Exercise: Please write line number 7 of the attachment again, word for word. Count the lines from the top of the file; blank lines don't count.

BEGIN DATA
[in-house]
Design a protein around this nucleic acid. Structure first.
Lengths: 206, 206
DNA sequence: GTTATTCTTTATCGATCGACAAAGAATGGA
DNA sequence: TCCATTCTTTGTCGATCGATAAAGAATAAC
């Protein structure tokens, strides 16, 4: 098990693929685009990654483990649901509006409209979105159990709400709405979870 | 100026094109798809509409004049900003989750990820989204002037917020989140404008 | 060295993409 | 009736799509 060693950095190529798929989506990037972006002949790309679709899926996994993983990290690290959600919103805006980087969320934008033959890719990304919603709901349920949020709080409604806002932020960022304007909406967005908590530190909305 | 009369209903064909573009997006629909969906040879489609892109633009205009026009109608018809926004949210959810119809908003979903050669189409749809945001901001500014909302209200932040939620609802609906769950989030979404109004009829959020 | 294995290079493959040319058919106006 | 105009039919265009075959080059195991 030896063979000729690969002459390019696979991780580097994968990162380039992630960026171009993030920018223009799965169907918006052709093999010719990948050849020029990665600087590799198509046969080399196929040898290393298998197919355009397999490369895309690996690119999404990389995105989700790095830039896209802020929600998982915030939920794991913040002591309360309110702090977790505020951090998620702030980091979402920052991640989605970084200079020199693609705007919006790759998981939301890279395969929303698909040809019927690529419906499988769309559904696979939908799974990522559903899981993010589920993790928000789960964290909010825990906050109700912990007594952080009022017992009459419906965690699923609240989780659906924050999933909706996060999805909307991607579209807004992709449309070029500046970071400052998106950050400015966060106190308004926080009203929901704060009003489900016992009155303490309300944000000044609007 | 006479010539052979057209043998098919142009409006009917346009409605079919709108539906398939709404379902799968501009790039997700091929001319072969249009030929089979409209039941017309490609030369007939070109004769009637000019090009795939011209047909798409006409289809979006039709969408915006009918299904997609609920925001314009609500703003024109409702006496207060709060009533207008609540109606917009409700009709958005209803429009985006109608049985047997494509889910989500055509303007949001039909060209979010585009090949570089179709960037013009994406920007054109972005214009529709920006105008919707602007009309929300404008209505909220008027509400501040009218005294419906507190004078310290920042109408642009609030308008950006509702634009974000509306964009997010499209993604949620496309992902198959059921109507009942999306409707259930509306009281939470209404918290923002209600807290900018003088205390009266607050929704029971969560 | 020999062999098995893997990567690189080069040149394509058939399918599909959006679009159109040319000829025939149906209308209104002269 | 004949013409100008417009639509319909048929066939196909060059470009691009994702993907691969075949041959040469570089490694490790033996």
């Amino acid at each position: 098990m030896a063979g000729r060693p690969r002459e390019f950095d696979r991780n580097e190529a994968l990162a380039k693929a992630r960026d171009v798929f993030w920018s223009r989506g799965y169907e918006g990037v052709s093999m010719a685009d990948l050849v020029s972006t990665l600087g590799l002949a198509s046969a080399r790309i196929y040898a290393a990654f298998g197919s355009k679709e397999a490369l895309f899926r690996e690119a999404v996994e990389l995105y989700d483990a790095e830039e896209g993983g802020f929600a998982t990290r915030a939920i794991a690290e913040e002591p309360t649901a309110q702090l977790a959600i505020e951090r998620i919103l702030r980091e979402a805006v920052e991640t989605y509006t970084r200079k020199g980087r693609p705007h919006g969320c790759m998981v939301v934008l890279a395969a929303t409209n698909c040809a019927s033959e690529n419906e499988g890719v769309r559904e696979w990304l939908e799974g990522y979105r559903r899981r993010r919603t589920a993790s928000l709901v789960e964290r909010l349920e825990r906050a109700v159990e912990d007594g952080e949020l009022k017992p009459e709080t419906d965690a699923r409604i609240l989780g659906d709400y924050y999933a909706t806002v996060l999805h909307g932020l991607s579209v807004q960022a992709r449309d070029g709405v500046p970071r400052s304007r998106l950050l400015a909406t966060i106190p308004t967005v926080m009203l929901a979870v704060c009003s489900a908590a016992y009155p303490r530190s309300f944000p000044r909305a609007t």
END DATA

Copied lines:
């Amino acid at each position: 098990m030896a063979g000729r060693p690969r002459e390019f950095d696979r991780n580097e190529a994968l990162a380039k693929a992630r960026d171009v798929f993030w920018s223009r989506g799965y169907e918006g990037v052709s093999m010719a685009d990948l050849v020029s972006t990665l600087g590799l002949a198509s046969a080399r790309i196929y040898a290393a990654f298998g197919s355009k679709e397999a490369l895309f899926r690996e690119a999404v996994e990389l995105y989700d483990a790095e830039e896209g993983g802020f929600a998982t990290r915030a939920i794991a690290e913040e002591p309360t649901a309110q702090l977790a959600i505020e951090r998620i919103l702030r980091e979402a805006v920052e991640t989605y509006t970084r200079k020199g980087r693609p705007h919006g969320c790759m998981v939301v934008l890279a395969a929303t409209n698909c040809a019927s033959e690529n419906e499988g890719v769309r559904e696979w990304l939908e799974g990522y979105r559903r899981r993010r919603t589920a993790s928000l709901v789960e964290r909010l349920e825990r906050a109700v159990e912990d007594g952080e949020l009022k017992p009459e709080t419906d965690a699923r409604i609240l989780g659906d709400y924050y999933a909706t806002v996060l999805h909307g932020l991607s579209v807004q960022a992709r449309d070029g709405v500046p970071r400052s304007r998106l950050l400015a909406t966060i106190p308004t967005v926080m009203l929901a979870v704060c009003s489900a908590a016992y009155p303490r530190s309300f944000p000044r909305a609007t």